Mother Dolores Hart finds it miraculous that she was able to turn one kiss with Elvis Presley into the spark that helped save an abbey.
The former starlet who walked away from Hollywood in 1963 to become a nun spun her tale into a fundraising campaign for her crumbling monastery in rural Connecticut.
But the pot boiler about Presley’s first on-screen kiss and the girl who turned from the screen to sisterhood has done more than keep open the doors of Abbey of Regina Laudis. It has inspired new interest in its monastic work.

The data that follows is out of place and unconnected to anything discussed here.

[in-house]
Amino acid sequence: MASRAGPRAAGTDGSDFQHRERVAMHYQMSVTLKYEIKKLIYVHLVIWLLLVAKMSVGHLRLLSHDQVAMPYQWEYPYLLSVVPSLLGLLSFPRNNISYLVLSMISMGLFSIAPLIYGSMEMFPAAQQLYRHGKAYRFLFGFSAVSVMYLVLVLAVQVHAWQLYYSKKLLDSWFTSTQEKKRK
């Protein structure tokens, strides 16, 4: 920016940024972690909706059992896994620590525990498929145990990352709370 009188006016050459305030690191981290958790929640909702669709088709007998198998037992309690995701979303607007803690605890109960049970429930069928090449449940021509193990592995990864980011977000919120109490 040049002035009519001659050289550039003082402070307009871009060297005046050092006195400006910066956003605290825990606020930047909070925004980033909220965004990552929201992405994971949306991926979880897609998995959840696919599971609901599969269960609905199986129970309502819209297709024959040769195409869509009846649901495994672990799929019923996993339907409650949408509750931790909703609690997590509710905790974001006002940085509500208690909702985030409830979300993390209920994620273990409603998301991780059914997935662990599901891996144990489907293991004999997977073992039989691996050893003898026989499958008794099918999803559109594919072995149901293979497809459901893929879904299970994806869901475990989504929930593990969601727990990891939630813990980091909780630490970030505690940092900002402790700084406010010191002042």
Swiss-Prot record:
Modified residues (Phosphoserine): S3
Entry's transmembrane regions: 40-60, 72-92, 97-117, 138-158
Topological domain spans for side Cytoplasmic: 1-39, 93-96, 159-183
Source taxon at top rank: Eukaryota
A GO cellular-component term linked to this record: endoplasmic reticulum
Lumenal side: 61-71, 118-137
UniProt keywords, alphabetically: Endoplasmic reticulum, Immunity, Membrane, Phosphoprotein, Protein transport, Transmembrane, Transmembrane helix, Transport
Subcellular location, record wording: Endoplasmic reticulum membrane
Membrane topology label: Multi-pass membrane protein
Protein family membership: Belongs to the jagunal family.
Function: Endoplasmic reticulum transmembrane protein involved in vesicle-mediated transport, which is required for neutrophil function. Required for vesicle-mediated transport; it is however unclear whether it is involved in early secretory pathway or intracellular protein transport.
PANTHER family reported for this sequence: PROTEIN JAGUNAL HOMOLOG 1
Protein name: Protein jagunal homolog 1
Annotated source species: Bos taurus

Now she and the other nuns hope to raise up to $9 million to restore the order’s former brass factory for future generations. They have already raised $3 million.
Mother Dolores, now 76, first shared her story with The Associated Press in 2011 as she and about 40 other members of her Benedictine order faced the possibility that their abbey in Bethlehem would close
Fire officials had found numerous fire code and safety issues in what was a ramshackle collection of factory buildings, barns and sheds that were linked together in 1947 after the nuns purchased the old industrial site.
Mother Dolores went on to write an autobiography, embark on a speaking tour, and make TV appearances. In 2012, she returned to Hollywood to attend the Academy Awards when a documentary short about her life, God is the Bigger Elvis, was nominated for an Oscar.
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